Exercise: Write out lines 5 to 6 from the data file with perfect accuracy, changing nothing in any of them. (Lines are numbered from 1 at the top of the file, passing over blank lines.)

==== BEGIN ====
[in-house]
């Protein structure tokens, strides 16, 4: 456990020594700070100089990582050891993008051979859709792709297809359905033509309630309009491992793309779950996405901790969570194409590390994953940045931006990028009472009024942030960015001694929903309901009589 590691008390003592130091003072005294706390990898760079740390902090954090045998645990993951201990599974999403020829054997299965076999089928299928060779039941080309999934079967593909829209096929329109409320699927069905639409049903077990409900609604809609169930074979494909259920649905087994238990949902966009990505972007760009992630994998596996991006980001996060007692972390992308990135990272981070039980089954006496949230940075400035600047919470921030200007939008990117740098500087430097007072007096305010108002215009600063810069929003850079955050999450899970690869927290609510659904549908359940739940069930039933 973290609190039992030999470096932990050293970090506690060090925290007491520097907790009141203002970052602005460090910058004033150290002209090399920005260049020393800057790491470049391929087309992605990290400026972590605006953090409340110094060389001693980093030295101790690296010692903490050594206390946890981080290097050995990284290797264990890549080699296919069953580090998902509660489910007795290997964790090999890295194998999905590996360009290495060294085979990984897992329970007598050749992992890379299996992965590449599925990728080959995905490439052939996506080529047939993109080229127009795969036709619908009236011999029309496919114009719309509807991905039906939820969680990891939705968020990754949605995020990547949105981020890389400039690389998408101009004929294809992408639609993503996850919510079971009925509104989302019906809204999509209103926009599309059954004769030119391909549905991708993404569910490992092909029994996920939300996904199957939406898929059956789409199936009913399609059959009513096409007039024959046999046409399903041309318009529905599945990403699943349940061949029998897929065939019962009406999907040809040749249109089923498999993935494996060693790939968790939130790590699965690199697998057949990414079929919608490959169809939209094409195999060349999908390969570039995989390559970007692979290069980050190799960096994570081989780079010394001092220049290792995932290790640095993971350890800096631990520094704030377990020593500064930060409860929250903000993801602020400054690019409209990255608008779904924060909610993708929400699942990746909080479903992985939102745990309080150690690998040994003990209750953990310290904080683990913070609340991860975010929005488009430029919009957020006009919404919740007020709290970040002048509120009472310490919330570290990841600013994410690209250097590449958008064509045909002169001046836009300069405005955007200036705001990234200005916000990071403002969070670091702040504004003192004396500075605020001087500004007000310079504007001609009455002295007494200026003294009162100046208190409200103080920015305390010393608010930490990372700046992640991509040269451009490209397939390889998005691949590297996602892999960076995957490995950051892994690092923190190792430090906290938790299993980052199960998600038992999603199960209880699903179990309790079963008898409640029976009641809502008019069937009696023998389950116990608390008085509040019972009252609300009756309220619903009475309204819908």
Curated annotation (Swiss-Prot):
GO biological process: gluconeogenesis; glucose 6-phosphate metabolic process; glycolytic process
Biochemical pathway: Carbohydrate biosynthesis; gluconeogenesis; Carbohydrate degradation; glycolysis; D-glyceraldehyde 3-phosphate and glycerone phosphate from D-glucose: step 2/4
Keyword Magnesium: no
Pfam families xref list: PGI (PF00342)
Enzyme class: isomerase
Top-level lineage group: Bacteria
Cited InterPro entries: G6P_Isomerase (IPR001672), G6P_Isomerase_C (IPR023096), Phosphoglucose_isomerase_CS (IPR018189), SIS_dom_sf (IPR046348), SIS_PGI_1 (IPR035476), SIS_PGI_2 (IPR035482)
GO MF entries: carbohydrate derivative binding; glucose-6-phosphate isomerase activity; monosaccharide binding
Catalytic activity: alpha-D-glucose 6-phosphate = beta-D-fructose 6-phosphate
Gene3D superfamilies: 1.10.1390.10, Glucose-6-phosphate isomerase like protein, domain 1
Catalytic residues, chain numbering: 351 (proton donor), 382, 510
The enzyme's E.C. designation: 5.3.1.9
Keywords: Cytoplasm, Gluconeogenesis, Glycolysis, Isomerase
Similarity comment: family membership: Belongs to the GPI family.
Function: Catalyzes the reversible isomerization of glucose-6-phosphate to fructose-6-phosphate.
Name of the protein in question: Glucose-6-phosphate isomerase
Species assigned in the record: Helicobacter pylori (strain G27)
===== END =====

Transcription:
Biochemical pathway: Carbohydrate biosynthesis; gluconeogenesis; Carbohydrate degradation; glycolysis; D-glyceraldehyde 3-phosphate and glycerone phosphate from D-glucose: step 2/4
Keyword Magnesium: no